The Gravity of Wounds or Wounds of Gravity?

That was the tipping point, literally! It happened in slow motion and there was nothing I could do to stop it. Yet again, I am indebted to strangers who got me back up and tended my wounds (pictured).

Wounds of Gravity

The same gentleman who unceremoniously hoisted me back to my feet also pushed me up the hill and made sure that I was back on track before leaving. Luckily, nothing was broken. My camera and cellphone survived being thrown to the ground and there was no lasting damage to the scooter. My elbow and right hip will be a reminder of my folly for a while to come.

The Lesson to be Learned?

When I called my wife to related the incident, as she was laughing, she asked: “And what have you learned from this?” I replied: “Absolutely nothing!”.

Will I be more careful (fearful) next time? Probably not! I know my limits and those of the scooter. The real problem is that I don’t like limits and always try to push them. Gravity, however, will not be denied!

Positive Mental Attitude

Positive Mental Attitude – Promotes Median Age?

 

positive mental attitudeYou’ve probably heard it a thousand times before: Positive Mental Attitude promotes health and healing! Others call it Mind over matter. To some degree, this is self-explanatory! We are all aware that we can accomplish much more when we are in a positive frame of mind. I was fortunate enough to be introduced to the concept early in my life and have made it one of my guiding principles. In his book, Think and Grow Rich , Napoleon Hill equates the mind to a laser-targeted missile that directs our subconscious mind towards a desired goal. No goal, no progress! A modern day example may well be that of Alex Trebek, who is currently defying the odds and apparently beating Stage 4 Pancreatic Cancer. His disease, like Progressive Muscular Atrophy and other motor neuron diseases is usually considered a death sentence with extremely poor odds of survival. Alex ascribes his remarkable progress to his own positive attitude AND to the prayers and positive thoughts of millions of his fans.

My own case tends to back up this idea too. When I received my initial diagnosis, back in October 2017, I determined that I would do everything in my power to mitigate, if not conquer, this disease. To that end, I have spent countless hours researching ALS, MND and PMA looking at what may have worked for others and devising my own survival plan. In most cases of MND, whether people are fast or slow progressors, the rate of decline tends to be relatively constant. My physiotherapist opined: “History of progression is the best predictor of the future”. How then, do I explain that in my first six months after diagnosis, my ALS-FRS-R score declined by 6 points but in the 14 months since then, I have only lost a single point?

Some might say that it is the actions that I have taken by having mercury amalgams removed, sourcing helpful supplements and naturopathic remedies as well as taking the only officially sanctioned medication Rilutek/Riluzole. Of course, these may well be contributing factors, but, with the exception of the Rilutek, I did these things myself because of my attitude not because of direction from the medical profession. The first and necessary step is taking action. Hoping or Praying for a positive outcome will not likely have any effect without taking positive action towards the desired goal.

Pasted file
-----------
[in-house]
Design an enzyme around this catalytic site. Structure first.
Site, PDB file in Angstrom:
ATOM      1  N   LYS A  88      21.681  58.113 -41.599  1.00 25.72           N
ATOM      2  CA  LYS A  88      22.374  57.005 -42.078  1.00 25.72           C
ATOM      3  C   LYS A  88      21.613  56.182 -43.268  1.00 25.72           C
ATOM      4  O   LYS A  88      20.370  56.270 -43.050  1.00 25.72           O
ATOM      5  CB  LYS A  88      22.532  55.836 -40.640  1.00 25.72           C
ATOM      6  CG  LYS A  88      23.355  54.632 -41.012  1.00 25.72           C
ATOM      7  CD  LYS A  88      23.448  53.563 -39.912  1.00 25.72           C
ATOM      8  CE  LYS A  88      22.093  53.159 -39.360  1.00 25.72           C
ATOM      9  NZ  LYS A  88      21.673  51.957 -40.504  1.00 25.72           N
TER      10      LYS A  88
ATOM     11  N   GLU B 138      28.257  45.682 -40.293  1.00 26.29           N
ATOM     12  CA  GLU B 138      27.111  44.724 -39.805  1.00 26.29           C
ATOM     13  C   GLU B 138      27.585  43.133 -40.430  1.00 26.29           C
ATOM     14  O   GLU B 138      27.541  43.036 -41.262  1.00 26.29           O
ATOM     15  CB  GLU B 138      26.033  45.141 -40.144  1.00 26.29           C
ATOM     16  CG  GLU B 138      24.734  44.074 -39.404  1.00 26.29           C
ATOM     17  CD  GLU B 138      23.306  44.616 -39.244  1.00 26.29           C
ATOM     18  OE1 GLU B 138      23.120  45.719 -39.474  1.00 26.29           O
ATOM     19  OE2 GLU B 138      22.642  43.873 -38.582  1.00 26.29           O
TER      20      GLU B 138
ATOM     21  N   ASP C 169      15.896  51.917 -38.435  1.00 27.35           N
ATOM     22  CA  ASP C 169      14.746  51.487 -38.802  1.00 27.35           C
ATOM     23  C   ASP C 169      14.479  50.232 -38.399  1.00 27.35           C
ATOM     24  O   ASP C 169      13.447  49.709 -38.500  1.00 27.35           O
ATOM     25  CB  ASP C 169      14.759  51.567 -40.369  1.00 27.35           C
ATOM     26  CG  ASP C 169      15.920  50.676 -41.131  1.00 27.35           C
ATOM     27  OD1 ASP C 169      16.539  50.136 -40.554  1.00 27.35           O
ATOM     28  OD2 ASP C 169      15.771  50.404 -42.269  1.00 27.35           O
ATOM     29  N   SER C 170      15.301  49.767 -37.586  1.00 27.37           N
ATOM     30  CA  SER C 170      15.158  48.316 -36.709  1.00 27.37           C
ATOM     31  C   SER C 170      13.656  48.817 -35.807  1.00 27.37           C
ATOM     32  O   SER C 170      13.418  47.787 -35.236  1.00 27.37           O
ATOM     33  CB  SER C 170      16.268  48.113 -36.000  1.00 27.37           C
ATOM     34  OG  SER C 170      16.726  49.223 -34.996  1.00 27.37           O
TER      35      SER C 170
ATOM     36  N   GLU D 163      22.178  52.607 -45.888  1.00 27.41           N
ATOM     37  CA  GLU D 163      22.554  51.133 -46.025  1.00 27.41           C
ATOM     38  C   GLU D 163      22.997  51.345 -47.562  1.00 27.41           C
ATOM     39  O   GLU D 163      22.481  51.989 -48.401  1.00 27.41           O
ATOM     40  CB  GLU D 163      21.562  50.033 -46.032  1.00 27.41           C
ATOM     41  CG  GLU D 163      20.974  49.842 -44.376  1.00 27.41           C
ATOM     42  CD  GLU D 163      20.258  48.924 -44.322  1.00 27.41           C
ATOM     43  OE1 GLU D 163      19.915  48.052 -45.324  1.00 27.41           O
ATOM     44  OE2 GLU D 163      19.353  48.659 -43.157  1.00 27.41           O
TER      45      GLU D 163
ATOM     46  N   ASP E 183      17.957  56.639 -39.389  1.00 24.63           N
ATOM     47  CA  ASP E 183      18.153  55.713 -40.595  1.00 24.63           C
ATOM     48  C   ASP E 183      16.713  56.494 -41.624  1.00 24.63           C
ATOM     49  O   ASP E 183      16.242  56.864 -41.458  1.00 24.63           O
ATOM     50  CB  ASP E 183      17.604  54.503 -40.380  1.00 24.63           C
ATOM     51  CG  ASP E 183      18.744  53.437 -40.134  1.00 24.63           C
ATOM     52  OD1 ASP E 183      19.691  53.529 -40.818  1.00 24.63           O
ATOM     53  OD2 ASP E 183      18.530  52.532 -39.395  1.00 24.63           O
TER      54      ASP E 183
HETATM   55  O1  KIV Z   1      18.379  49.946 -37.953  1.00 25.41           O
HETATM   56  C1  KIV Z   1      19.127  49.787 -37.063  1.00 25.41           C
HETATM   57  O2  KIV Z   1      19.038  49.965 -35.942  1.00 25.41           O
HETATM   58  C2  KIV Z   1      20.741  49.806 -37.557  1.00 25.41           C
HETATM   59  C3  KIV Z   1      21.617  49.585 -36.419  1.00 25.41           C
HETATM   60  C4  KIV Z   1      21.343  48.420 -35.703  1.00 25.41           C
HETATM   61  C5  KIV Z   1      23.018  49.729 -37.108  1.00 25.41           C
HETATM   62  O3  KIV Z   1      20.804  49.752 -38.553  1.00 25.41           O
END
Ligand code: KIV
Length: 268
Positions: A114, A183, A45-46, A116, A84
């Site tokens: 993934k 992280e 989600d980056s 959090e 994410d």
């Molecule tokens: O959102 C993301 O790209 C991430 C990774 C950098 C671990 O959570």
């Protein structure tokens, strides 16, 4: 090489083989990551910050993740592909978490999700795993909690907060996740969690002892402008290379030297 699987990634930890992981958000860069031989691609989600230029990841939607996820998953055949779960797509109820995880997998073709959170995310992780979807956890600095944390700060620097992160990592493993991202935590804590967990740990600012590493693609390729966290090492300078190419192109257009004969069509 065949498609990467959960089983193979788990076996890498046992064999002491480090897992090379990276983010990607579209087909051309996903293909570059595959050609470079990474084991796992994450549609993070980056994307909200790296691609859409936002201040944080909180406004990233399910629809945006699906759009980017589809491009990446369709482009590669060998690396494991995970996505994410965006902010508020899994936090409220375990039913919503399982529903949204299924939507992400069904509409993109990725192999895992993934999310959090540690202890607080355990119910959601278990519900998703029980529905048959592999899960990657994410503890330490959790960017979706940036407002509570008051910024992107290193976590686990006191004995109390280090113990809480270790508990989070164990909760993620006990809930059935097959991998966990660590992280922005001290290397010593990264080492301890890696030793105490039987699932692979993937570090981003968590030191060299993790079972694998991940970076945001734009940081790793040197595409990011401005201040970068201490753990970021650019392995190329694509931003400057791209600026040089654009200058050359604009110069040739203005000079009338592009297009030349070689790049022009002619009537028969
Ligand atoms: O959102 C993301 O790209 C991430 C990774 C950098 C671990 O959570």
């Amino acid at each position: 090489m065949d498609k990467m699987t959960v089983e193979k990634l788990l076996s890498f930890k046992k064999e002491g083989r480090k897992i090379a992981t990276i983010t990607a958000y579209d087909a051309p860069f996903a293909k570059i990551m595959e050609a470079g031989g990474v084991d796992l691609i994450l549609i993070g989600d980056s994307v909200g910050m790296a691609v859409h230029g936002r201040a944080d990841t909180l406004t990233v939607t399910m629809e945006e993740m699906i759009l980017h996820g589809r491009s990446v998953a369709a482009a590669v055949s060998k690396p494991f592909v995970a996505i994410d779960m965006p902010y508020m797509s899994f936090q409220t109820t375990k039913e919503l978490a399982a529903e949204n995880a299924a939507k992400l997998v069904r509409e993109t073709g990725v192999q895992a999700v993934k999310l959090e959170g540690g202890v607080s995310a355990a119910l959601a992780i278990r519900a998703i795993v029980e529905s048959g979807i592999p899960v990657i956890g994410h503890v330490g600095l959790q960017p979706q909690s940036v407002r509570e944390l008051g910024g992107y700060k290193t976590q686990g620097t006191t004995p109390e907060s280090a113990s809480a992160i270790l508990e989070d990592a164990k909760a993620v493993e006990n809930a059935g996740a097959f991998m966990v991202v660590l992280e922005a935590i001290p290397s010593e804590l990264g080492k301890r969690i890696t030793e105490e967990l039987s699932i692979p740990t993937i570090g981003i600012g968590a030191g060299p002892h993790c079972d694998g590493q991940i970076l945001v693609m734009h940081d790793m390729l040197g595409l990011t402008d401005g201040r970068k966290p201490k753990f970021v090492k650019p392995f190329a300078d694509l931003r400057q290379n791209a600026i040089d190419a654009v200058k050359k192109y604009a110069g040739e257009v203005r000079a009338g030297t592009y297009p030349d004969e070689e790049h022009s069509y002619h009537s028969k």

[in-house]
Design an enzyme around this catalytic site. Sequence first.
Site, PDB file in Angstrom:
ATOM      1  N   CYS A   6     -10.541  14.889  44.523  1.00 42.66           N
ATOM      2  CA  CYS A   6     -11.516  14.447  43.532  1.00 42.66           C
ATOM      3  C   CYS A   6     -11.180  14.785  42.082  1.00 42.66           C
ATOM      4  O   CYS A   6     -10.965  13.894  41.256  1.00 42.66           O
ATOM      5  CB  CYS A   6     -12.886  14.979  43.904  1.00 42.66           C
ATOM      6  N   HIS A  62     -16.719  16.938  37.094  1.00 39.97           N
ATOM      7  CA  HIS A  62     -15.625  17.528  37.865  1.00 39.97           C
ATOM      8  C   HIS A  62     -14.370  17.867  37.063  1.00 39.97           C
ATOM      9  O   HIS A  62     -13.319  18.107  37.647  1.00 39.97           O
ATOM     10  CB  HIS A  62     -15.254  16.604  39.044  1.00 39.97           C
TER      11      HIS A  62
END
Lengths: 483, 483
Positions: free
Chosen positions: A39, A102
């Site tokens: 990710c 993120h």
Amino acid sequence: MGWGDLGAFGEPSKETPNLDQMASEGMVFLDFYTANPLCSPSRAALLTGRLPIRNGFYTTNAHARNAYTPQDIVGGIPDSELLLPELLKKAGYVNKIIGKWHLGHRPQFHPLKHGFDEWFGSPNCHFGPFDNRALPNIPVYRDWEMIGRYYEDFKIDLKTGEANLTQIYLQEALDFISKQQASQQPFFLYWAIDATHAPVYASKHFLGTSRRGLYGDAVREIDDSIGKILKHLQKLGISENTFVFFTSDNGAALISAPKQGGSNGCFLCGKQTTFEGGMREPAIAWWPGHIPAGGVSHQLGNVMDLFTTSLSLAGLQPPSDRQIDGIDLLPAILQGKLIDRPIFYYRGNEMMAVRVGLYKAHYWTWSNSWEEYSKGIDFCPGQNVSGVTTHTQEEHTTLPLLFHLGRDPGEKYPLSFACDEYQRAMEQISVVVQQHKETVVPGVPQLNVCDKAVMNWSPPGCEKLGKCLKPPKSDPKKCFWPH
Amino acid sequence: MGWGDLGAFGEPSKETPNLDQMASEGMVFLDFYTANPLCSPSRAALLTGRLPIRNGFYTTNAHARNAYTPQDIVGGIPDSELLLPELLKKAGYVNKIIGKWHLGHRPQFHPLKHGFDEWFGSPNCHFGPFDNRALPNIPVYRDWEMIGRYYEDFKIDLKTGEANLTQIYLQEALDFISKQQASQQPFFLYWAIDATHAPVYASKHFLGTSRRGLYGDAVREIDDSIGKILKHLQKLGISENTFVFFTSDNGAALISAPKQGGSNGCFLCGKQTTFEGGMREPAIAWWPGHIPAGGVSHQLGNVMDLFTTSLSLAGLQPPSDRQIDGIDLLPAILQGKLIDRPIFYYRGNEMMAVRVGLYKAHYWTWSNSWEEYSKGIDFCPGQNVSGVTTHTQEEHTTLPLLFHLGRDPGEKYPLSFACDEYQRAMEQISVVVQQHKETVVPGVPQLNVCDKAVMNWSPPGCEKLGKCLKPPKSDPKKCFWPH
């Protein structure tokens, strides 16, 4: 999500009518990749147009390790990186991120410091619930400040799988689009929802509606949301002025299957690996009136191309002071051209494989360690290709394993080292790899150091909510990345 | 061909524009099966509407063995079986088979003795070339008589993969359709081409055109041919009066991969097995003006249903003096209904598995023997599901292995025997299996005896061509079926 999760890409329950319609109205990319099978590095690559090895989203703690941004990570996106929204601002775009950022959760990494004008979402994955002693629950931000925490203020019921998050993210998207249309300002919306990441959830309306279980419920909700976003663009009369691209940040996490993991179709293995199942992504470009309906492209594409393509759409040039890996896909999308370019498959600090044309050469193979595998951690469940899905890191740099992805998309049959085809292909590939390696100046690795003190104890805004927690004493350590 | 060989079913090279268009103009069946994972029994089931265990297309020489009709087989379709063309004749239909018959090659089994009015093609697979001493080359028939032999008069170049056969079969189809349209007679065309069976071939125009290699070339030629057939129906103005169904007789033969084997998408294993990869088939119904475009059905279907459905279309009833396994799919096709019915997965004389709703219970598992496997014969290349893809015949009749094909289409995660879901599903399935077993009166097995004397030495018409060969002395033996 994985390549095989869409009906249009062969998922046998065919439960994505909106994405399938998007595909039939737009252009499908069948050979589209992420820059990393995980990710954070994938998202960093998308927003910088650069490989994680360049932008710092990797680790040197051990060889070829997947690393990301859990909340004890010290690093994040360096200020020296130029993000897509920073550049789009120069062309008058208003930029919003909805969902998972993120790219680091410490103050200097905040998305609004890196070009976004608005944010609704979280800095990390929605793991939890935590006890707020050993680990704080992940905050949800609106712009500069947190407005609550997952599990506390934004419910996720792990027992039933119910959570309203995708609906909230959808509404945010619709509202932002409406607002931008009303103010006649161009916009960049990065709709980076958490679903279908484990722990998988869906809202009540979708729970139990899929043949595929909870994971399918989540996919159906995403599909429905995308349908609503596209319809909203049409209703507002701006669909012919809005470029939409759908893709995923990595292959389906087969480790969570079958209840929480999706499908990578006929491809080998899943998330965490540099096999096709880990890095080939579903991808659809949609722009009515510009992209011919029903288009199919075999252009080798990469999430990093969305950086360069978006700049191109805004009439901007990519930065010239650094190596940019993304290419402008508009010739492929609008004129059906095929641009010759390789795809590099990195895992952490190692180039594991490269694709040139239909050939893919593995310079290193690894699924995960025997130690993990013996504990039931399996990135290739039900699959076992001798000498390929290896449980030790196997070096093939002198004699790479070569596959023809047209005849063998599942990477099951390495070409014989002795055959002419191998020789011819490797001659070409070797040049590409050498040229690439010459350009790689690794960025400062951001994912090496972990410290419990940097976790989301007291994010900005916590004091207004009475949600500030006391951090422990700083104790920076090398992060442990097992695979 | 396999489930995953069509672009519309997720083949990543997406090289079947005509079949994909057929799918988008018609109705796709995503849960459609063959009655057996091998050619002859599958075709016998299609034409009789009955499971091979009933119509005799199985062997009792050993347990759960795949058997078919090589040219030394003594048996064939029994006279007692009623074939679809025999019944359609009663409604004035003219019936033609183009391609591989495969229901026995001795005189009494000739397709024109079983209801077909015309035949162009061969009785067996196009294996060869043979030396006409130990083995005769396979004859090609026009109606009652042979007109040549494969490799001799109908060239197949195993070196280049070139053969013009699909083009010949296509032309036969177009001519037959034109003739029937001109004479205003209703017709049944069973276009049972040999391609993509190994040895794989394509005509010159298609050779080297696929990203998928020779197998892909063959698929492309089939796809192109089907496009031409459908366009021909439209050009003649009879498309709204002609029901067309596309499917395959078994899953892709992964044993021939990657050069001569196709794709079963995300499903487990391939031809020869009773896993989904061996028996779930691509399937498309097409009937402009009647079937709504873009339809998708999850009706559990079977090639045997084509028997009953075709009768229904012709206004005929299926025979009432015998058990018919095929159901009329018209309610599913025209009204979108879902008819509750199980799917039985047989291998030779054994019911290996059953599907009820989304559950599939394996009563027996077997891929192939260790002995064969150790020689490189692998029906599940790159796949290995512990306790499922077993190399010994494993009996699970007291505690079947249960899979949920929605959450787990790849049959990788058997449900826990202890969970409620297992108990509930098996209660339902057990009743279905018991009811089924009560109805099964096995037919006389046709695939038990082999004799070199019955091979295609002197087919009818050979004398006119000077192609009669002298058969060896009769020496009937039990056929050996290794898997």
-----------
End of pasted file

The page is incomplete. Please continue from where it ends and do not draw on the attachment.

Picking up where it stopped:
Before you dismiss this idea out of hand, consider the following excerpt from a scholarly paper: Prognostic factors in ALS: A critical review:

Although often overlooked by clinicians, psychosocial factors seem to play an important role in ALS outcome. A longitudinal study has found that patients with psychological distress (measured with a battery of psychological assessment scales evaluating perceived stress, depression, hopelessness, anger expression, and purpose in life) had a 2.24-fold (95% CI 1.08–4.64) increased risk of dying than patients with psychological well-being (53). A longitudinal assessment of mood and self-esteem on survival showed that lower mood predicted a faster progression and a shorter survival (54). However, it is also possible that this effect is related to the fact that low mood is the consequence of having a more rapidly progressive disease. In an analysis of the effect of quality of life (QoL) on outcome, the physical health summary measure of the SF-36 was found to be independently related to outcome, whereas only a trend was found for the mental health summary measure (26). In the same paper, marital status was also shown to be relevant in the outcome of ALS; patients who lived alone had a significantly worse prognosis than patients who were married.

Even if you do not believe in the power of the mind to aid in health and healing, keeping a positive mental attitude has other benefits:

  1. The mood of others is influenced by our own.
  2.  Life is more enjoyable when we are enjoying ourselves.
  3.  People are drawn to and will strive to help and assist a positive person much more readily than a pessimist.
  4.  Being negative will definitely NOT help to improve your situation, so you might as well try to be positive.